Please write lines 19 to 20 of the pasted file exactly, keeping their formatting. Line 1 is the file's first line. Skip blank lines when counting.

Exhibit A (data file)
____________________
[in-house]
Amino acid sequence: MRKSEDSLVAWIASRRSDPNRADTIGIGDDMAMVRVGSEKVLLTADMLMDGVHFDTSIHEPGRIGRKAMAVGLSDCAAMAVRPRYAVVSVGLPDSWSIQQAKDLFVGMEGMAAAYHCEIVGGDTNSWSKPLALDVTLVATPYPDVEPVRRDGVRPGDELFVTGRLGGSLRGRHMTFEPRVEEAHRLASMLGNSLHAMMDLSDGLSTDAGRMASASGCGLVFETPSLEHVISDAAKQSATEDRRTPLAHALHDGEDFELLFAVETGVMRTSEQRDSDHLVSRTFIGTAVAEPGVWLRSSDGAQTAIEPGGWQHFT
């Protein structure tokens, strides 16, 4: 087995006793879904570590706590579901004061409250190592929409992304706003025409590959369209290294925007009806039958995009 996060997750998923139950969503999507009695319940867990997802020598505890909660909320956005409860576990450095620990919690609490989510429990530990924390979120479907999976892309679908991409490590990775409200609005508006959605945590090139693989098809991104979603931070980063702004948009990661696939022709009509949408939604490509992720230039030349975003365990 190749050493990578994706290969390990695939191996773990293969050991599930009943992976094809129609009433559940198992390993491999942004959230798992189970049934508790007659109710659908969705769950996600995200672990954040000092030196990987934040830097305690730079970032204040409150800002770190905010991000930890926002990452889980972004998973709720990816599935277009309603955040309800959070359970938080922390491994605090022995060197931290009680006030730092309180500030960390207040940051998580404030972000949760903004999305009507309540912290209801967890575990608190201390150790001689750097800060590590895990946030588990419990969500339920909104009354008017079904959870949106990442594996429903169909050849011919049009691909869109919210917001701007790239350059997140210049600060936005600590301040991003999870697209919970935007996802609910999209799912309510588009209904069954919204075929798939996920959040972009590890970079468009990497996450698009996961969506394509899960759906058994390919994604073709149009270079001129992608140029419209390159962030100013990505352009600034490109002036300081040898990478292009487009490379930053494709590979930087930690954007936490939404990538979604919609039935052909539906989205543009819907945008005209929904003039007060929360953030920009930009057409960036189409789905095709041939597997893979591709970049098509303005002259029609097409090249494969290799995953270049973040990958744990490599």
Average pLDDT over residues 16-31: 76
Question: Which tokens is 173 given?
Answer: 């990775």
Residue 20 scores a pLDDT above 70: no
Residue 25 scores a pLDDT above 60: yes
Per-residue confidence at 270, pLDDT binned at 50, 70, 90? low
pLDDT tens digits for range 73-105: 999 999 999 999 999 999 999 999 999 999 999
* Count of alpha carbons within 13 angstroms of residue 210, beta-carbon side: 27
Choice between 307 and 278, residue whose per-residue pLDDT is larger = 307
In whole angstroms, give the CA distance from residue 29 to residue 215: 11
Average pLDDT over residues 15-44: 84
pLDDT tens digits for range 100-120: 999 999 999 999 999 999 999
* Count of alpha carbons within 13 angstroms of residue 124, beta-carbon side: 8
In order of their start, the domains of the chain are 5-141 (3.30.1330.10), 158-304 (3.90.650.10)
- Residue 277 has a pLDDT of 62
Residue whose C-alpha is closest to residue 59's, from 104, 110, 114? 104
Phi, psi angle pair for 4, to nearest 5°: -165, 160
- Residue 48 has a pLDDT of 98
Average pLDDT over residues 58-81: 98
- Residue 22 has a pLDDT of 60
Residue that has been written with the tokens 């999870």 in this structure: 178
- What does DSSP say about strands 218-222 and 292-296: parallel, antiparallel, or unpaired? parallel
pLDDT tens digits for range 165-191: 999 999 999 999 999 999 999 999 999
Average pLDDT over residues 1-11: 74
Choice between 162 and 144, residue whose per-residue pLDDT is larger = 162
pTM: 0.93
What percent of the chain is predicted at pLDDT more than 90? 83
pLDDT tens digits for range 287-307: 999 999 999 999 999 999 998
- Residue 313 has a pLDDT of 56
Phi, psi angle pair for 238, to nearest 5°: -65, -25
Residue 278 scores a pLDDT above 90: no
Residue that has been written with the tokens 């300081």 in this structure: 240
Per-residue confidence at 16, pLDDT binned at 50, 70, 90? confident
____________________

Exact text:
Residue whose C-alpha is closest to residue 59's, from 104, 110, 114? 104
Phi, psi angle pair for 4, to nearest 5°: -165, 160